In a recent development at the Kerala High Court, a petition was considered, highlighting the plea of individuals identified as the first and second accused in a previously settled criminal case. The petitioners, whose case was resolved amicably between the involved parties, brought attention to their concern regarding the public availability of court judgments mentioning their names on various online platforms, including the High Court’s website and Indian Kanoon.
The individuals alleged that despite the court’s 2012 judgment quashing the First Information Report (FIR) against them, their identities continued to be visible in the judgment documents accessible on digital platforms. Citing this exposure as a violation of their right to privacy and right to live with dignity, they sought recourse.
Justice Devan Ramachandran issued notices, demanding responses from the Kerala High Court administration, Indian Kanoon, and Google India. The respondents listed included the Registrar General of the High Court of Kerala, Registrar of Grievance Redressal (Appellate) Authority (Privacy of Parties) of the High Court of Kerala, Indian Kanoon, and Google India.
The petitioners expressed dissatisfaction with the persistence of their identities in the judgment despite the FIR’s quashing, emphasizing the adverse impact on their social well-being and right to live with dignity. They contended that the retention of their identities in perpetuity served no public interest and was contrary to their right to be forgotten.
Drawing upon legal precedents, the petitioners referenced a Division bench decision in Vyskh K.G. v Union of India (2023) where the Court permitted masking parties’ names in family and matrimonial cases, asserting the right to be forgotten. They also highlighted the recognition of the right to be forgotten and the right to privacy by the Delhi High Court in Zulfiqar Ahmad Khan v. Quintillion Business Media (P) Ltd. (2019).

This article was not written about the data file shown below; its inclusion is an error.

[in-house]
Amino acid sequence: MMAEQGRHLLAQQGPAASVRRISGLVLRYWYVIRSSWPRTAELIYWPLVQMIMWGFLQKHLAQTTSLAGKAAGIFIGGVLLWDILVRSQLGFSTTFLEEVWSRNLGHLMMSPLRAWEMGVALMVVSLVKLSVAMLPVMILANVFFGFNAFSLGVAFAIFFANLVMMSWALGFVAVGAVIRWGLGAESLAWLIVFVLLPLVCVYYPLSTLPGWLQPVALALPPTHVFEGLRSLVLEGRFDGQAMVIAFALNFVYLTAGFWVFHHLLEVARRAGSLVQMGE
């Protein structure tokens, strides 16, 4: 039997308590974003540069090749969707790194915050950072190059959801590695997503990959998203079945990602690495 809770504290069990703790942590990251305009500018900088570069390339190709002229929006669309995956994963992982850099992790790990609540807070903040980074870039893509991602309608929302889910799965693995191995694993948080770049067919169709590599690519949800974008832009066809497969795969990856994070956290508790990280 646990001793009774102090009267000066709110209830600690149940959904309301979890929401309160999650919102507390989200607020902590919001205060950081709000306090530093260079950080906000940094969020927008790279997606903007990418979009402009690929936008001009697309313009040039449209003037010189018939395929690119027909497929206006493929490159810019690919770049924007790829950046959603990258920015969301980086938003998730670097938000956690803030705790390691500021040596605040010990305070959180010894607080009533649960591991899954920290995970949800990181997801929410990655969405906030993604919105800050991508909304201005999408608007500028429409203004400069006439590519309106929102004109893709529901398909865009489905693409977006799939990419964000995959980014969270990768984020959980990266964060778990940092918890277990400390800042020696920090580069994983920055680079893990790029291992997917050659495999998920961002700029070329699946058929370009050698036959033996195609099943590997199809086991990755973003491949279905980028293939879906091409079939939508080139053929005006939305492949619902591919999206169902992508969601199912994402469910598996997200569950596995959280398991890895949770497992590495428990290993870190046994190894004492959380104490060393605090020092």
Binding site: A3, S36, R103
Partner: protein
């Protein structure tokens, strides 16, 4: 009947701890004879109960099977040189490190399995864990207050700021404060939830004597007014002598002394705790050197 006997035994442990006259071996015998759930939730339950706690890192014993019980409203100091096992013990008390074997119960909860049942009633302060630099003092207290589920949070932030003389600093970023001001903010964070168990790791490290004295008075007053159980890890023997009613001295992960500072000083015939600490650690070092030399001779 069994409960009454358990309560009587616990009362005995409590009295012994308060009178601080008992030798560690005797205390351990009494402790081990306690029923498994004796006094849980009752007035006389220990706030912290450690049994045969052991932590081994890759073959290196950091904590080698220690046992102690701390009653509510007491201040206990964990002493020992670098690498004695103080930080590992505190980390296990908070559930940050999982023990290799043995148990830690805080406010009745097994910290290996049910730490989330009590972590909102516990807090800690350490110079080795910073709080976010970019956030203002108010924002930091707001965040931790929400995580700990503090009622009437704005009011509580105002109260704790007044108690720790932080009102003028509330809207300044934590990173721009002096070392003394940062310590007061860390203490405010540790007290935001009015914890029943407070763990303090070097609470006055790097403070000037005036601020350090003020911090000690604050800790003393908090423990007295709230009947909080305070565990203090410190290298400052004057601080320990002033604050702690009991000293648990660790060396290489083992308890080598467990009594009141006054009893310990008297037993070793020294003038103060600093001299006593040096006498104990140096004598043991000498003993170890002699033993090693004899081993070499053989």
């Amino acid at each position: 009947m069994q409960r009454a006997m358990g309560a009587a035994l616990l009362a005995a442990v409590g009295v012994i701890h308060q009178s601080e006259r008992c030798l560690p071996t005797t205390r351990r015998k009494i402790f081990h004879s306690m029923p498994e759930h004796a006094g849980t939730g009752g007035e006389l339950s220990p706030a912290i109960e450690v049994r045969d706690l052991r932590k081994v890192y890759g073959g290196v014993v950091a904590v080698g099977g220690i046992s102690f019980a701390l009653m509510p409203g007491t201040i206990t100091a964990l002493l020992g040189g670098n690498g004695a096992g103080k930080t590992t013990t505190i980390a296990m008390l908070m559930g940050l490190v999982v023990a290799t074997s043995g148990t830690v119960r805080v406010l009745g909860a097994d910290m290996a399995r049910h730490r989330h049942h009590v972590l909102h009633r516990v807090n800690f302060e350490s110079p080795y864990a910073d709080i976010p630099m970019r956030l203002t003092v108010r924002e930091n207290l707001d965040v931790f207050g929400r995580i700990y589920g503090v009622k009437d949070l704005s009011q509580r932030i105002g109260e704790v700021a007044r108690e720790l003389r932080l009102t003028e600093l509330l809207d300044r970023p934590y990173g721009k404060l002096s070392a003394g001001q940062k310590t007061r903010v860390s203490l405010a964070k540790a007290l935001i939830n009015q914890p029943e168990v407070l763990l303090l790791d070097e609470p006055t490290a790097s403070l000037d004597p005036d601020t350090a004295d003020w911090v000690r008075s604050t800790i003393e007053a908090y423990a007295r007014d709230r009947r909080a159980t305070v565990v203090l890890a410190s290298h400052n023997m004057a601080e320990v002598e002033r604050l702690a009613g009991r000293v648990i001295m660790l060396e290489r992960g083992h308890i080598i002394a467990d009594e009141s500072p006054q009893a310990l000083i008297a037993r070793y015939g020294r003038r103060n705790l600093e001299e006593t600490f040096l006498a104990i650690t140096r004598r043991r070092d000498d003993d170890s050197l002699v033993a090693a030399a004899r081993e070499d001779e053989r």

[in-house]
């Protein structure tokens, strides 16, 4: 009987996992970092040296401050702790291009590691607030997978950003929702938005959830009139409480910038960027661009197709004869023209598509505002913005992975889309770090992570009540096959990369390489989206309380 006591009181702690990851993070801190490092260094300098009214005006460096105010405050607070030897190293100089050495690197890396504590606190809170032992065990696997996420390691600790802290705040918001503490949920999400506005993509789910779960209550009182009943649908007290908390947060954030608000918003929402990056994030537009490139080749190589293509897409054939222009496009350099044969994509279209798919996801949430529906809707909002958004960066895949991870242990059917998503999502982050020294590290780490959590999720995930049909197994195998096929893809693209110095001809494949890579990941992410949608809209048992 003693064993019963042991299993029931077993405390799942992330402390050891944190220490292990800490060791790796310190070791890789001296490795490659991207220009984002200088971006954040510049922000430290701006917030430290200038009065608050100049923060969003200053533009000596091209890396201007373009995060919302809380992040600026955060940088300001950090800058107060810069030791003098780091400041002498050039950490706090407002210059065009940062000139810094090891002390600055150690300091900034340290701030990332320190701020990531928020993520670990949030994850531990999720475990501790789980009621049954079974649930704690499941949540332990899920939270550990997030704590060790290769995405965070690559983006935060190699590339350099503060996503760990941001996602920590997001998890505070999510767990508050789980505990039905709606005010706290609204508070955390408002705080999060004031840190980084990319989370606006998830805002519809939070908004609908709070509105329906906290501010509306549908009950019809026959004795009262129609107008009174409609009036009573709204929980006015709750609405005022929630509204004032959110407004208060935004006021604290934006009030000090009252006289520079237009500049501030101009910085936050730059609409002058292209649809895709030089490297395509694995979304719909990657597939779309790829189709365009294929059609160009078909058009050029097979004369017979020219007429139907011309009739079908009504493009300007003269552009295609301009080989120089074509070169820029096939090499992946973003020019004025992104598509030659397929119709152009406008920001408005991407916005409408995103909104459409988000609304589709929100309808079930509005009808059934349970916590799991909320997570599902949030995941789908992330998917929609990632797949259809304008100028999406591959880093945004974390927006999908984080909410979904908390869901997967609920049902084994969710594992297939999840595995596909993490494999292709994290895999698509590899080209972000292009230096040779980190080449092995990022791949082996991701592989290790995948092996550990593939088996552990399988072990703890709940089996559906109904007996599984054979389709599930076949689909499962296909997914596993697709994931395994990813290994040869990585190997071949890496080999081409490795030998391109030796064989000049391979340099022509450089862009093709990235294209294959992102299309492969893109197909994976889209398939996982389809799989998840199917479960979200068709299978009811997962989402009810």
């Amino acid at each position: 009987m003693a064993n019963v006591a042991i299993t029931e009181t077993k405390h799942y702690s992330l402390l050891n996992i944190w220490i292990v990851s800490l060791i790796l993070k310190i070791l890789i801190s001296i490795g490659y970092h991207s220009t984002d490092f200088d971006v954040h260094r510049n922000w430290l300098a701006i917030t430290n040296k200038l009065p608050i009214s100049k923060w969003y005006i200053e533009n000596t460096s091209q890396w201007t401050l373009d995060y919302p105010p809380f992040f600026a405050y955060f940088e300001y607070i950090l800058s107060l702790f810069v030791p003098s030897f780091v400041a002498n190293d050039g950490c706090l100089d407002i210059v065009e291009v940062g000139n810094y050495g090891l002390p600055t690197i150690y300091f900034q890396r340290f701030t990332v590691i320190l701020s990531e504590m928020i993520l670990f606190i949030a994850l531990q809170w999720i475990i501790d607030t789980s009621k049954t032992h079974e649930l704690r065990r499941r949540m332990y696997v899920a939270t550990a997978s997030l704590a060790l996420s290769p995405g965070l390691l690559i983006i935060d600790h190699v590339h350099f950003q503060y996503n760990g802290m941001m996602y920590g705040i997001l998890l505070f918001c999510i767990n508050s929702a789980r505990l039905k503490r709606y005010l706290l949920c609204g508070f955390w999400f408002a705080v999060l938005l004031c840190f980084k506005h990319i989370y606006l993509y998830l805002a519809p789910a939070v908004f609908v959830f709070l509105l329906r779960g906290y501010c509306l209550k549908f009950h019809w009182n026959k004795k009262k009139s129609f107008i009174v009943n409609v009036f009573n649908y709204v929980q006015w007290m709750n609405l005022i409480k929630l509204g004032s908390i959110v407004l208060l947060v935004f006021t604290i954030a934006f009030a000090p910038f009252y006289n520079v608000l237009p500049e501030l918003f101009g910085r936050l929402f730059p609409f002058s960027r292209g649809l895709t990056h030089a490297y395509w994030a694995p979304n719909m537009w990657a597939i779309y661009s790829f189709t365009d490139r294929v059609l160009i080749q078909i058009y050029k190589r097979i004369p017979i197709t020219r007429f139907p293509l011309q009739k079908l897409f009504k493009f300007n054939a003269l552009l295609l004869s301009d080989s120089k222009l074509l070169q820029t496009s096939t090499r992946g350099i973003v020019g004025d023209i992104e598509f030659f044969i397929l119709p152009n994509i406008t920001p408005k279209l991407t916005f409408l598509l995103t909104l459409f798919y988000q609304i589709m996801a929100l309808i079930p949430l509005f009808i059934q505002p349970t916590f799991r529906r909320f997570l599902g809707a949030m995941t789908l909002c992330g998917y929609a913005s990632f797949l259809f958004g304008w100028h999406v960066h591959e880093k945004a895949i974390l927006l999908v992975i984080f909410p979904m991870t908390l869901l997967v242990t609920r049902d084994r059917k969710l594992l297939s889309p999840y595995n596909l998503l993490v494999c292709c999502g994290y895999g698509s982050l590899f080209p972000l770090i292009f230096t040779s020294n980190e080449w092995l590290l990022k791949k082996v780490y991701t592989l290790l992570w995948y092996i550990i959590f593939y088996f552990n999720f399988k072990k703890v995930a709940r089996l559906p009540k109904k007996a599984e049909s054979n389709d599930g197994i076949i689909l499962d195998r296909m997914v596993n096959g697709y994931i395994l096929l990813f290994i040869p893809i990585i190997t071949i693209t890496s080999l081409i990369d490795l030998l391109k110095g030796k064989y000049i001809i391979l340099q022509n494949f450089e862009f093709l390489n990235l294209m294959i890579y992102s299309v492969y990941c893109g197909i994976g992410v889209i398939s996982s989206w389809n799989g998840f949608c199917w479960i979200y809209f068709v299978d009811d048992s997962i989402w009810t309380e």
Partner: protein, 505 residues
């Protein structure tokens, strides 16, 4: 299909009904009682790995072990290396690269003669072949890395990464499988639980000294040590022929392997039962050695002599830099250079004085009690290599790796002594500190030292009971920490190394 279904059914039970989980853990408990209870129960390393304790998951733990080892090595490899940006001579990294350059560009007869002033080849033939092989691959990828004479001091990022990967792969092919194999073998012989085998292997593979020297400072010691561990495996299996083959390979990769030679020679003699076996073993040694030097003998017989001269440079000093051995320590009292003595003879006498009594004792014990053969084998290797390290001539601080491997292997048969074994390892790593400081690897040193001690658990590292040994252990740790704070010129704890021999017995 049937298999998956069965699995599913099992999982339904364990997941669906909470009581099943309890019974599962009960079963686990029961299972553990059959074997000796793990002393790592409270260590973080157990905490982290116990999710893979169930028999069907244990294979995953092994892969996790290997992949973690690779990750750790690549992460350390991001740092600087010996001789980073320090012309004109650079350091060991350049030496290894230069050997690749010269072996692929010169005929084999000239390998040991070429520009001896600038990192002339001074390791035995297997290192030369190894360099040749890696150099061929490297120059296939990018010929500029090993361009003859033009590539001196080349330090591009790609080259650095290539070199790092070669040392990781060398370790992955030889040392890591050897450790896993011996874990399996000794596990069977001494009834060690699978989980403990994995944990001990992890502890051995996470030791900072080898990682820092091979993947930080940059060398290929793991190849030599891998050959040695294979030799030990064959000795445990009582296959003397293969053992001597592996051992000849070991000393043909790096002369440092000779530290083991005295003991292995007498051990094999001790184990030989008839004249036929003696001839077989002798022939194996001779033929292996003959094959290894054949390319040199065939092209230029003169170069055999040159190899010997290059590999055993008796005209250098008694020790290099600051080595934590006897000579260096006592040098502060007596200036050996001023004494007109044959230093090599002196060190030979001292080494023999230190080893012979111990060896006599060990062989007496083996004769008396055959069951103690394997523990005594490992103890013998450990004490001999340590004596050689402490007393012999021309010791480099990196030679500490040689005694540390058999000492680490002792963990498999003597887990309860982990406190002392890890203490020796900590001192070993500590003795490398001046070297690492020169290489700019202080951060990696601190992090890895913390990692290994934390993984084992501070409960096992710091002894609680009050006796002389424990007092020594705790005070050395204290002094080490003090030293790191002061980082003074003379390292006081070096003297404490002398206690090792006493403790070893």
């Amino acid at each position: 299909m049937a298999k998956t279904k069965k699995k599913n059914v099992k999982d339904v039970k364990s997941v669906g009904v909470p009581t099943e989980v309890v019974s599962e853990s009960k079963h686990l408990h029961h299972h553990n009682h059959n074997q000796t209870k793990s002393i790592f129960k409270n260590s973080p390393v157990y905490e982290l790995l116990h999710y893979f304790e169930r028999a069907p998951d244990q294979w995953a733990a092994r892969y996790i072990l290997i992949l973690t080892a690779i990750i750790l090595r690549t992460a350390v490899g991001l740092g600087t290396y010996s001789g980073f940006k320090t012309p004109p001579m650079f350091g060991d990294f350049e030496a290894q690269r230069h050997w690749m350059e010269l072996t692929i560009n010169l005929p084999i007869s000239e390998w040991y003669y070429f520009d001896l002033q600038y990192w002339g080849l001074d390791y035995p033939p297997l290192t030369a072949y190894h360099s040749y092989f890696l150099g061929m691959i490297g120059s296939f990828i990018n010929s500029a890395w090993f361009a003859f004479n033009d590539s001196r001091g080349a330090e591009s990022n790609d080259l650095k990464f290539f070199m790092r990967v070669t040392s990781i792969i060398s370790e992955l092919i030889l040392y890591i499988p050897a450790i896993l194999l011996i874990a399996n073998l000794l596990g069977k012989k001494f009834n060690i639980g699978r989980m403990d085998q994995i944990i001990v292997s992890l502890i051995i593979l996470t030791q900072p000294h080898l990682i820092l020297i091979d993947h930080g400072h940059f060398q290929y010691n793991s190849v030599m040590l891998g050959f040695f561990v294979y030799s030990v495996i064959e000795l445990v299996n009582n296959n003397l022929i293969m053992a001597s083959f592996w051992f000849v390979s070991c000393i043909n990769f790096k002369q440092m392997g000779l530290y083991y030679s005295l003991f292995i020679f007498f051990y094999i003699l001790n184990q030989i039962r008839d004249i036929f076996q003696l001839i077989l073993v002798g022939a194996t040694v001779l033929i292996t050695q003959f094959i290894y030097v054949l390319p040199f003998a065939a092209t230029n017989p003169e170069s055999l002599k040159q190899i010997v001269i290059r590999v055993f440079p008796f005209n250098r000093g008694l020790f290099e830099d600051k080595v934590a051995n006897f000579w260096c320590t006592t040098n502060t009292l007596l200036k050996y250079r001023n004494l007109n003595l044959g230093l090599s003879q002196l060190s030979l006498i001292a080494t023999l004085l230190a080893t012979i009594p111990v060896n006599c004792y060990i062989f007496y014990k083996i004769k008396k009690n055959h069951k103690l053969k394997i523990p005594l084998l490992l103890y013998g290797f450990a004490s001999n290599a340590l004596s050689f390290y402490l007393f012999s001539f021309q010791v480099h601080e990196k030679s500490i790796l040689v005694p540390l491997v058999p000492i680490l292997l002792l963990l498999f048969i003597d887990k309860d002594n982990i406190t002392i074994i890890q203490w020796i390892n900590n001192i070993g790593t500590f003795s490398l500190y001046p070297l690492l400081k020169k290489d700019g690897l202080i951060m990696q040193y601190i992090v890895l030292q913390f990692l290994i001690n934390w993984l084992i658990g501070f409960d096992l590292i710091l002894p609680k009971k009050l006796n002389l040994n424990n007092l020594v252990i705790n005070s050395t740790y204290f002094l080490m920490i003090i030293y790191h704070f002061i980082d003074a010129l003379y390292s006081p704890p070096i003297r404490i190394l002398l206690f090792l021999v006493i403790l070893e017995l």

The petitioners made representations to Indian Kanoon and the High Court administration, urging the masking of their Identities, but their requests were rejected. Indian Kanoon cited its website policy as grounds for refusal, while the High Court registry dismissed their plea, directing them to seek judicial remedy for name masking.
Highlighting the impact on their social and familial privacy, the petitioners emphasized the adverse effects of their identities being accessible in the judgment on various digital platforms without protective measures.
In their plea, the petitioners sought the removal of their identities from the judgment documents available on the High Court’s website and Indian Kanoon.
The petition, moved by Petitioner Advocates Raghul Sudheesh, J. Lakshmi, Elizabeth Mathew, Bini Das, Dharsana A., and Aravind Sankar, bears the case number WP © No. 39389/2023.
The “right to be forgotten” refers to an individual’s right to request the removal, deletion, or non-disclosure of certain personal information from public sources, especially online platforms, to protect their privacy, dignity, and personal autonomy. In the context of the Indian Constitution, while the explicit phrase “right to be forgotten” is not expressly mentioned, certain fundamental rights enshrined in the Constitution support aspects of this concept:
Right to Privacy- The right to privacy is considered an intrinsic part of the right to life and personal liberty guaranteed under Article 21 of the Indian Constitution. The Supreme Court, in landmark judgments such as the Puttaswamy case (2017), recognized privacy as a fundamental right encompassing informational privacy. This includes the right to control one’s personal information and the discretion to limit its dissemination, aligning with the essence of the right to be forgotten.
Article 19 (1) (a) – Freedom of Speech and Expression: While Article 19(1)(a) protects the freedom of speech and expression, it also carries limitations to safeguard an individual’s privacy and reputation. The right to be forgotten intersects with these limitations, allowing individuals to seek the removal of certain information that may infringe upon their privacy rights, especially when it becomes irrelevant or outdated.
The case raises pertinent questions about the balance between the public’s right to information and an individual’s right to privacy and dignity. It brings to light the evolving discourse on the right to be forgotten in the digital age and the implications of retaining sensitive personal information in publicly accessible legal documents.
The court’s decision In this case may set a significant precedent in defining the extent of an individual’s right to privacy concerning the digital dissemination of court judgments.